Day 3 we were back at the Binatang Research Center. The morning started with a demo by the instructors on how to mount an ant. Students then went back to their lab stations to try it themselves. Putting an ant on a pin is tedious and careful work, the students had to learn to relax themselves throughout the process in order to do it successfully.
Students took a pause from lab work to listen to a lecture by Michael Branstetter on Formicinae. Michael discussed the diversity and distribution of this subfamily and how it is 2nd largest sub-family of ants in the world. As it contains 3,244 known species that fall into 11 tribes. Students also learned that Papua New Guinea is known to have 355 species for this subfamily.
Jack Longino also did a presentation on some of the subfamilies in the Formoicoid clade. Jack spent some time discussing his expertise on army ants too. Phil Ward presented soon after on the subfamily Myrmecinae and their very diverse nesting, feeding, and social behaviors. Students refer to these subfamily-related lectures throughout the course especially in the field, and for identification later.
After some time committed to lab work, the instructors and students took a small field trip to a local tree known for having ant plants. We were guided by the BRC staff and locals through the village to a nearby beach. Students got the chance to climb the tree to see the ant plants for collecting purposes.
Our night ended with part two to the student seminars. The students who presented were Josiah Kilburn, Juliet Turner, Arthur Matte, Vibhuti Bhat, Mael Dore, Joshua Spitz, Tristan Klaftenberger, and Emmeline van Roosmalen
Day 2 was our first day in the field. We were driven to the rainforest in Baitabag to start collecting. The Binatang Research Center also has their canopy crane here.
Students were able to disperse in groups and start their collecting. A few popular spots for collecting in the field was a termite mound that was found, the base of rotting trees, even a group was near a river to see what they could find. Students also got the chance to practice some of the collecting methods shown. Malaise traps were set up, which are used to trap and preserve ants. Those attempting at collecting from low elevation branches on trees used a beating sheet.
A couple of methods were used to collect leaf litter. Such as the Winkler method, where students put leaf litter into a sifter, the sifted sample is then extracted later to collect smaller ground ants. Students also got the try the Lloyd Sifter method, where sifting trays are used in the field to collect. A student group also tried baiting, where they used a trail of canned tuna in hopes to spot some hungry ants.
Our night concluded with student presentations where they got the chance to discuss the current research that they are doing. Tonight we got to hear from Olivia Bates, Fracois Brassard, Mattia Mechetti, Enrico Schifano, Dr. Priscila E. Hanish, Nils-Christian Schumacher, Sophie Mallett, and Aswaj Punnath
Ant Course 2023 in Papua New Guinea has officially started. After a few bumps in the road with travel, our instructors and participants have safely arrived to the Binatang Research Center.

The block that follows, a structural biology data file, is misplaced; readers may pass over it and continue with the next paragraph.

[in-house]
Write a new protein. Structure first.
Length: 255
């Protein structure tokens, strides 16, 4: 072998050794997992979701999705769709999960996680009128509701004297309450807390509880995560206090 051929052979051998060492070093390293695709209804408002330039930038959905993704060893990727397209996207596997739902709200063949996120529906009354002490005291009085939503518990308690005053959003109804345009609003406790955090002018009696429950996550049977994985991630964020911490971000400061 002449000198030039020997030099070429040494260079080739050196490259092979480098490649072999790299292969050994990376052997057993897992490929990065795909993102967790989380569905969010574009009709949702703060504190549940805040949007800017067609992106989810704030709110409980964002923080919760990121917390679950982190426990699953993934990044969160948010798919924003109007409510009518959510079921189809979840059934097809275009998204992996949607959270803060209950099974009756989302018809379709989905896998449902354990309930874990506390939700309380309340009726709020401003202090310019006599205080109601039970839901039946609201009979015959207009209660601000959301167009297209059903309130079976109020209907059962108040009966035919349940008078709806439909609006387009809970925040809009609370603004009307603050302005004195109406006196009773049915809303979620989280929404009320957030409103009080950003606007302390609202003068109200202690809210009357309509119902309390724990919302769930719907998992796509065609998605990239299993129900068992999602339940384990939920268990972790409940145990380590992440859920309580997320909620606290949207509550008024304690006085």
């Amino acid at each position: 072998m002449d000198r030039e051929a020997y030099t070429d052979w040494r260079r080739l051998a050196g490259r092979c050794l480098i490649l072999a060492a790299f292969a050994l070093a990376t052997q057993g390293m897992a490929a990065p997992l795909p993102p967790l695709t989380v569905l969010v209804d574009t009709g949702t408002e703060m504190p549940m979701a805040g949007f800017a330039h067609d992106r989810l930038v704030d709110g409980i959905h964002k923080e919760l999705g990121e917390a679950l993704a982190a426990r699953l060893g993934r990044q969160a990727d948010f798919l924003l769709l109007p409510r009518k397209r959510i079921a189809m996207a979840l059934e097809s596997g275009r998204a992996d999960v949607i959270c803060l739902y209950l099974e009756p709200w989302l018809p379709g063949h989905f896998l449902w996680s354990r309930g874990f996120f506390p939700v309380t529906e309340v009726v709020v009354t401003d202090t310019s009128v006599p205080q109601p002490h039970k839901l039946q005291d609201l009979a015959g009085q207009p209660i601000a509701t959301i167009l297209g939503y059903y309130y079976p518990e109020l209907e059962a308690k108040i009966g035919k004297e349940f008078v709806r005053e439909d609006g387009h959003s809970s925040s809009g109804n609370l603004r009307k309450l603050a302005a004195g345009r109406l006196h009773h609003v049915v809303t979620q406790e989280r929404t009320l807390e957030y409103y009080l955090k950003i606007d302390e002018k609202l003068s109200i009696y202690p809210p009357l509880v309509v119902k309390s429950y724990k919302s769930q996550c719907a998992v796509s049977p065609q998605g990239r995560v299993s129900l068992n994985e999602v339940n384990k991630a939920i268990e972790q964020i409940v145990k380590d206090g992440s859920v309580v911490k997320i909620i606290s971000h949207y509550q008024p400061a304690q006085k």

Day 1 consisted of multiple lectures to help set the stage for world ants. Course participants range in education levels from Doctorate to Undergraduate. The lectures hope to give all students enough knowledge to have a successful time in the course.
Our morning started out with a presentation by Ant Course Instructor Phil Ward. Phil presented on ant phylogeny and the classification of ants. This was a baseline introduction to the world of ants, in hopes to set the stage for all students. Phil spent some time walking through the 3 major clades: Leptanillomorphs, Poneroid, and Formicoid. Students will be referring to subfamilies in these clades throughout the course.
The second presentation of the day was done by Flavia Esteves on morphology. Students got the chance to learn about identification and parts of the ant. She discussed the diagnostic characters of ants which included, the metapleural gland, the elongate first antennal segment, and the abdominal segment. Flavia provided another presentation in the day that got into the specifics of identifying genera.
Students got the opportunity to hear from Brian Fisher too. Brian discussed data collecting for our first day in the field tomorrow. He went over the importance of keeping record of data for specimens. Students were informed that good science contains transparent and raw data. Brian walked through how to label specimens and how to record that in their field book. Brian also did a second talk about Ponerinae in which he discussed biological diversity of the genera. Diversity ranges far as some genus living in pristine habitats, while others live in disturbed sites.
A portion of the afternoon was used to demo field methods for tomorrow. Students got to learn from the instructors about these collection methods which included the malaise trap, both the Winkler method and Lloyd method for sifting leaf litter, and baiting. Students will get the chance to use these methods in the field.
Our first seminar tonight was done by Philipp Höenle, who is currently staying at the BRC. Philipp introduced the ants in Papua New Guinea and their biogeography.
Tomorrow we will be heading to Baitabag for our first day in the field.